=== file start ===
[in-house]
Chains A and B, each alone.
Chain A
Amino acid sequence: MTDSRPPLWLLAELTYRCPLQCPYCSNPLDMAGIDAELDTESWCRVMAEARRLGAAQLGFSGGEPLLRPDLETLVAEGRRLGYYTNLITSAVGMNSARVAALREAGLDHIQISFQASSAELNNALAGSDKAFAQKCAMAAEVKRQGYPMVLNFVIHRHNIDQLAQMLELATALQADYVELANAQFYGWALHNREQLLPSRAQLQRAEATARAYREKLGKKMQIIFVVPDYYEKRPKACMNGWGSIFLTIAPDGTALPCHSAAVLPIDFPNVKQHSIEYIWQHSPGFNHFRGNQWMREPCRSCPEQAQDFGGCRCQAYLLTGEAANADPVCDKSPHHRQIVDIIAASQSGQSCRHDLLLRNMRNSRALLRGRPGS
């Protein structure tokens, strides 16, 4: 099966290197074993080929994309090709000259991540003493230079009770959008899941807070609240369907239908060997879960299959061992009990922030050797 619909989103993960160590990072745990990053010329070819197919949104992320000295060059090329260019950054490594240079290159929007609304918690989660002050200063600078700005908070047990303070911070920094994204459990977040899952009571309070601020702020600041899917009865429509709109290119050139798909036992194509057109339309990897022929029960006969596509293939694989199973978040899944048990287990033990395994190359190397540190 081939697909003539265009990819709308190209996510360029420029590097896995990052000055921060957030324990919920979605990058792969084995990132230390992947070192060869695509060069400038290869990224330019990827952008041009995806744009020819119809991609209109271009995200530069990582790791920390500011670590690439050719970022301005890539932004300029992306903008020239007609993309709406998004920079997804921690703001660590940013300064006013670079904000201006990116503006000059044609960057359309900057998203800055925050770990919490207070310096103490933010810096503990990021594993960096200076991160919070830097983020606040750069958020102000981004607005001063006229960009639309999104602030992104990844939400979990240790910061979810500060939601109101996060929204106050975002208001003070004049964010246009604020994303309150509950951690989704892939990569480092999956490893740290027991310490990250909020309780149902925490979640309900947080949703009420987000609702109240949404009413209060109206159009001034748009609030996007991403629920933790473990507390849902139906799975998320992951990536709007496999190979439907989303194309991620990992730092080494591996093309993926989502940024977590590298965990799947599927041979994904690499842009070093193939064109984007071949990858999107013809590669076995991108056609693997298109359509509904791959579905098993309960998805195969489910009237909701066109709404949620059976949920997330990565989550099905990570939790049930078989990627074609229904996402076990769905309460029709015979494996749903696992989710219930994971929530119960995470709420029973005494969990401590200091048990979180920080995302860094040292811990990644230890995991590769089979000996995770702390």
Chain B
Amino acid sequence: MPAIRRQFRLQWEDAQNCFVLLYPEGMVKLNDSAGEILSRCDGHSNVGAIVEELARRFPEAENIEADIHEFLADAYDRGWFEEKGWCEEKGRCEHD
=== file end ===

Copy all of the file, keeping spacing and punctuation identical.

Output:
[in-house]
Chains A and B, each alone.
Chain A
Amino acid sequence: MTDSRPPLWLLAELTYRCPLQCPYCSNPLDMAGIDAELDTESWCRVMAEARRLGAAQLGFSGGEPLLRPDLETLVAEGRRLGYYTNLITSAVGMNSARVAALREAGLDHIQISFQASSAELNNALAGSDKAFAQKCAMAAEVKRQGYPMVLNFVIHRHNIDQLAQMLELATALQADYVELANAQFYGWALHNREQLLPSRAQLQRAEATARAYREKLGKKMQIIFVVPDYYEKRPKACMNGWGSIFLTIAPDGTALPCHSAAVLPIDFPNVKQHSIEYIWQHSPGFNHFRGNQWMREPCRSCPEQAQDFGGCRCQAYLLTGEAANADPVCDKSPHHRQIVDIIAASQSGQSCRHDLLLRNMRNSRALLRGRPGS
């Protein structure tokens, strides 16, 4: 099966290197074993080929994309090709000259991540003493230079009770959008899941807070609240369907239908060997879960299959061992009990922030050797 619909989103993960160590990072745990990053010329070819197919949104992320000295060059090329260019950054490594240079290159929007609304918690989660002050200063600078700005908070047990303070911070920094994204459990977040899952009571309070601020702020600041899917009865429509709109290119050139798909036992194509057109339309990897022929029960006969596509293939694989199973978040899944048990287990033990395994190359190397540190 081939697909003539265009990819709308190209996510360029420029590097896995990052000055921060957030324990919920979605990058792969084995990132230390992947070192060869695509060069400038290869990224330019990827952008041009995806744009020819119809991609209109271009995200530069990582790791920390500011670590690439050719970022301005890539932004300029992306903008020239007609993309709406998004920079997804921690703001660590940013300064006013670079904000201006990116503006000059044609960057359309900057998203800055925050770990919490207070310096103490933010810096503990990021594993960096200076991160919070830097983020606040750069958020102000981004607005001063006229960009639309999104602030992104990844939400979990240790910061979810500060939601109101996060929204106050975002208001003070004049964010246009604020994303309150509950951690989704892939990569480092999956490893740290027991310490990250909020309780149902925490979640309900947080949703009420987000609702109240949404009413209060109206159009001034748009609030996007991403629920933790473990507390849902139906799975998320992951990536709007496999190979439907989303194309991620990992730092080494591996093309993926989502940024977590590298965990799947599927041979994904690499842009070093193939064109984007071949990858999107013809590669076995991108056609693997298109359509509904791959579905098993309960998805195969489910009237909701066109709404949620059976949920997330990565989550099905990570939790049930078989990627074609229904996402076990769905309460029709015979494996749903696992989710219930994971929530119960995470709420029973005494969990401590200091048990979180920080995302860094040292811990990644230890995991590769089979000996995770702390």
Chain B
Amino acid sequence: MPAIRRQFRLQWEDAQNCFVLLYPEGMVKLNDSAGEILSRCDGHSNVGAIVEELARRFPEAENIEADIHEFLADAYDRGWFEEKGWCEEKGRCEHD